What’s in a name? A lot, actually.


Mélodie Daoust, Marie-Philip Poulin, and Ann-Sophie Bettez: Three names that were giving folks great difficulty at the last two Dream Gap Tour showcases. Photo by Courtney Szto.

As someone who has had her surname mispronounced on a daily basis, this is a topic pretty close to home. If you’re wondering, Szto is easier than it looks, sounds like See-toe. Someone forgot the “e” on my dad’s birth certificate leaving us with three consonants in a row. So my late grandfather’s name was spelled Szeto, my uncle’s surname was Seto, and we ended up with Szto. I’ve heard everything from Sziztoo, Stitzo, Shto, See-too, to Stow. Every once and awhile I would get a teacher who would read everyone else’s first and last name for attendance and then they would get to me and it would just be: Courtney? These non-attempts were most annoying. The class would giggle and I would roll my eyes. My name was even mispronounced on stage when I received my doctorate. 🤷🏻‍♀️

Why does this matter? Because for those who watched the PWHPA’s showcases in New Hampshire and Chicago via the livestreams, player name pronunciation was a problem. A big problem. There are two main issues that need to be addressed: the pronunciation of French Canadian names, and then all the names.

First, there needs to be a better effort to pronounce French Canadian names correctly. Understandably, when English speakers try to pronounce French names it doesn’t nearly sound as good. But what we’re looking for is a reasonable effort so that there can be a consensus about who we’re talking about. Or as Yuliya Komska says, we need to make a “good faith effort to value the practices of non-dominant groups.” As sports become increasingly global, name pronunciation is an important way to demonstrate respect and inclusion for non-English cultures.

Research has observed that the mispronunciation of names for racialized people can lead to anxiety and resentment towards their names; in other words, this constant micro-aggression can foster internalized racism. Kohli and Solorzano (2012) refer to it as a form of cultural disrespect that confirms difference and otherness. Cultural disrespect can also be applied to French Canadians living/working in the very Anglophile countries of Canada and/or America. To dismiss the importance of pronouncing someone’s name correctly (or the need for a reasonable effort) is also to dismiss the value of the person.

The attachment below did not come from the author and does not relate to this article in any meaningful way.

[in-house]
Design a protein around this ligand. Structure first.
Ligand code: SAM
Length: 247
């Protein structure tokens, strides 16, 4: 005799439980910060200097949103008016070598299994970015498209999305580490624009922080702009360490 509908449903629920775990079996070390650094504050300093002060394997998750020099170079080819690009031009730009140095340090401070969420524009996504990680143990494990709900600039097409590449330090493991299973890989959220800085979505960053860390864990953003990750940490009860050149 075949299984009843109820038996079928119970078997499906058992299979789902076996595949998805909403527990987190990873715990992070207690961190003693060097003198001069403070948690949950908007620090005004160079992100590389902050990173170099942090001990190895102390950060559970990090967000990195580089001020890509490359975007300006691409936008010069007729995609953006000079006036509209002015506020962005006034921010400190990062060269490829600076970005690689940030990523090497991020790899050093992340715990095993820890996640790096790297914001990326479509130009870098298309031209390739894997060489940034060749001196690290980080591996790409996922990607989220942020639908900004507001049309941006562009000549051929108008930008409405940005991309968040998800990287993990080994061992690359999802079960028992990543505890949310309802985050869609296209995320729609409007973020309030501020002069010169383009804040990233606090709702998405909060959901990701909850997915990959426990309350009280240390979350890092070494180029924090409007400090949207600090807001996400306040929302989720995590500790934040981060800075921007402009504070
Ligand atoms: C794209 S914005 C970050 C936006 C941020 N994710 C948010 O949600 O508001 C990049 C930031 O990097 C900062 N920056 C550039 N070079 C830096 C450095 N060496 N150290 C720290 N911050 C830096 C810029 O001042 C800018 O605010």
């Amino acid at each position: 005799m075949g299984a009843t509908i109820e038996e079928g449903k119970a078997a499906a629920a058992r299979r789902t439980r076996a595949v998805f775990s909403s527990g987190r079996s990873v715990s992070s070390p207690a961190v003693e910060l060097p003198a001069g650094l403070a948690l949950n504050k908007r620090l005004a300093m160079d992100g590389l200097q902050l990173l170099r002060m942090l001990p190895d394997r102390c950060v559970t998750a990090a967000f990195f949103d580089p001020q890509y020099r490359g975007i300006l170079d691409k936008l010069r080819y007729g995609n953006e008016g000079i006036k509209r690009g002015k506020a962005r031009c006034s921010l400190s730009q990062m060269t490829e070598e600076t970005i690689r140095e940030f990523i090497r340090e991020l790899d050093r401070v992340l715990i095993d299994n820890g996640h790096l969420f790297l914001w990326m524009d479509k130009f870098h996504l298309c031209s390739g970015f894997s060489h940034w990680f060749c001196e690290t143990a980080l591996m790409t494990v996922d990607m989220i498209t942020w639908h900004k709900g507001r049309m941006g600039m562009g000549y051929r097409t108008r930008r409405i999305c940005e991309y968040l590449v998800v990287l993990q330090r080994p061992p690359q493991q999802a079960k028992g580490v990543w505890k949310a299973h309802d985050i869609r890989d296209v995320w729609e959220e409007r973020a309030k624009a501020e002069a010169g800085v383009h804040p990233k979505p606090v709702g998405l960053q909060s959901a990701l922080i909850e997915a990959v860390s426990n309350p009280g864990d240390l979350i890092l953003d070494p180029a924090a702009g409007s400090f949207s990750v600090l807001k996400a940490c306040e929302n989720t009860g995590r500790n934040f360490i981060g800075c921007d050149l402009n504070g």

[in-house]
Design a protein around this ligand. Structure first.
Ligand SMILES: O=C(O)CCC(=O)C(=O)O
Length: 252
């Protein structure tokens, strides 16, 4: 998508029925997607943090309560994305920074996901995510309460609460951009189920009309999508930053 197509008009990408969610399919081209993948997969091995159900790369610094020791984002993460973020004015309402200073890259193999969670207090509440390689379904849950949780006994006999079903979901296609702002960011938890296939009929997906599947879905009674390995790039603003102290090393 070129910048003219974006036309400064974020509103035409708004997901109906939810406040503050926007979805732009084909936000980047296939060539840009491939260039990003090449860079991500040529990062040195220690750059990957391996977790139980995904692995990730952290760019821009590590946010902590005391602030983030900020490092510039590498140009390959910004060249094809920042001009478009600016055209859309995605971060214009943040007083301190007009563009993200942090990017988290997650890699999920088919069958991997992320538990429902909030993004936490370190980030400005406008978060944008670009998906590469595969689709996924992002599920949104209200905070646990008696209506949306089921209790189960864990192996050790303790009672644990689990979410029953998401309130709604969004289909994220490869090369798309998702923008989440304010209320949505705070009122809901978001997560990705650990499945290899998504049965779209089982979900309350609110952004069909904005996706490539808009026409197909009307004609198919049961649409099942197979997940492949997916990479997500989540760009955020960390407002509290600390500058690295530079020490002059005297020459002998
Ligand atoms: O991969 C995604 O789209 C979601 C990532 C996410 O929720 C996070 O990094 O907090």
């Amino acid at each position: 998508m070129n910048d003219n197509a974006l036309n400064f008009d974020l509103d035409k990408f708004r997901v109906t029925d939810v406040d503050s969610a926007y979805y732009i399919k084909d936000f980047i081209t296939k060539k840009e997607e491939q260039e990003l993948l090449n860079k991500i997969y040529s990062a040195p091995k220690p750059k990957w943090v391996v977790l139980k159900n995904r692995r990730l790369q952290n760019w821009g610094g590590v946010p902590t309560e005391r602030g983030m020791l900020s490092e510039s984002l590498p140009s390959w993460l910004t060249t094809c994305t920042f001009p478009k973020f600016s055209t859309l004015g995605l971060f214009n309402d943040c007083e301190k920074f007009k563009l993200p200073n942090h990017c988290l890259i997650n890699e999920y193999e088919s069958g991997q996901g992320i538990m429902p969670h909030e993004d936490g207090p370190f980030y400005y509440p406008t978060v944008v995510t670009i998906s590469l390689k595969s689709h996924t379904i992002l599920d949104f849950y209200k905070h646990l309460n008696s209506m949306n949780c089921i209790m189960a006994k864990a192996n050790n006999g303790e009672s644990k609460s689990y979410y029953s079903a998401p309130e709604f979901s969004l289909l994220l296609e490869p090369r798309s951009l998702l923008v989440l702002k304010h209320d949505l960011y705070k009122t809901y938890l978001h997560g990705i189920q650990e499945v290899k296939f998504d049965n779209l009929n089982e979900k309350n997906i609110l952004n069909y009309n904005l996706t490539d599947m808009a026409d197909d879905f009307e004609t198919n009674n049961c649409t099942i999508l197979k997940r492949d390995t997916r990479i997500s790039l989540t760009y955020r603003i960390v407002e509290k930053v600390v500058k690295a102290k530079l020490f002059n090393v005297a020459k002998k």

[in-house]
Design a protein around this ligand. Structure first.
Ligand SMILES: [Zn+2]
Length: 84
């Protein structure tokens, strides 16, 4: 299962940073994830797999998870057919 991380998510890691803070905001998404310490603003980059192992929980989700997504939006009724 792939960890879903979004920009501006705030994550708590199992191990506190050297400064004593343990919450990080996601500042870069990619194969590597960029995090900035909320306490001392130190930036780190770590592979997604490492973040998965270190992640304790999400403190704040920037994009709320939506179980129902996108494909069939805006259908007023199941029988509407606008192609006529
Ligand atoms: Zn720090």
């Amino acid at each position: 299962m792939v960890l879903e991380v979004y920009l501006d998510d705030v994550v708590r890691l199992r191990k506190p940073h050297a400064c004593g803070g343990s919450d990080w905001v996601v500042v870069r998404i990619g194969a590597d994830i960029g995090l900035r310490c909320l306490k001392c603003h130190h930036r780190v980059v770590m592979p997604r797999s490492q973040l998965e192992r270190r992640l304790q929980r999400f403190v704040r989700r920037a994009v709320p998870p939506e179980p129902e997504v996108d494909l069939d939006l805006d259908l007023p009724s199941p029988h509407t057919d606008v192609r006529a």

Don’t be like John Travolta.

Orange Is The New Black actress, Uzo Aduba, has been very vocal about not changing her name to something more Western sounding in order to make her life easier. Her full Nigerian name is Uzoamaka Nwanneka Aduba and her first name means “The road is good.” When she was in school she wanted to change her name to Zoe but her mother rationalized, “If they can learn to say Tchaikovsky and Michelangelo and Dostoyevsky, they can learn to say Uzoamaka.” (Fun Fact: Aduba has a brother who plays hockey and his name is Obiajulu Aduba. Apparently it was Uzo who got him into skating). Momma Aduba has a point: if people care about you, if you matter, they will learn how to say your name as best they can.

When the Vancouver Canucks drafted Swedish phenom Elias Pettersson they made an effort to explain how his name should be pronounced:

Same thing for NBA star, Giannis Antetokounmpo:

The NBA has a pronunciation guide, here’s one for the Minnesota Wild, and here’s one for the New York Yankees too. Stars need to be recognizable and step one to achieving recognition is having a consensus around what someone’s name should sound like. Apparently, there was a pronunciation guide floating around the rink in Chicago but whether or not people chose to use it is another issue. I do, however, feel relatively confident that if a pronunciation guide were used Geneviève Lacasse would not have been introduced as “Giovani Lochness.”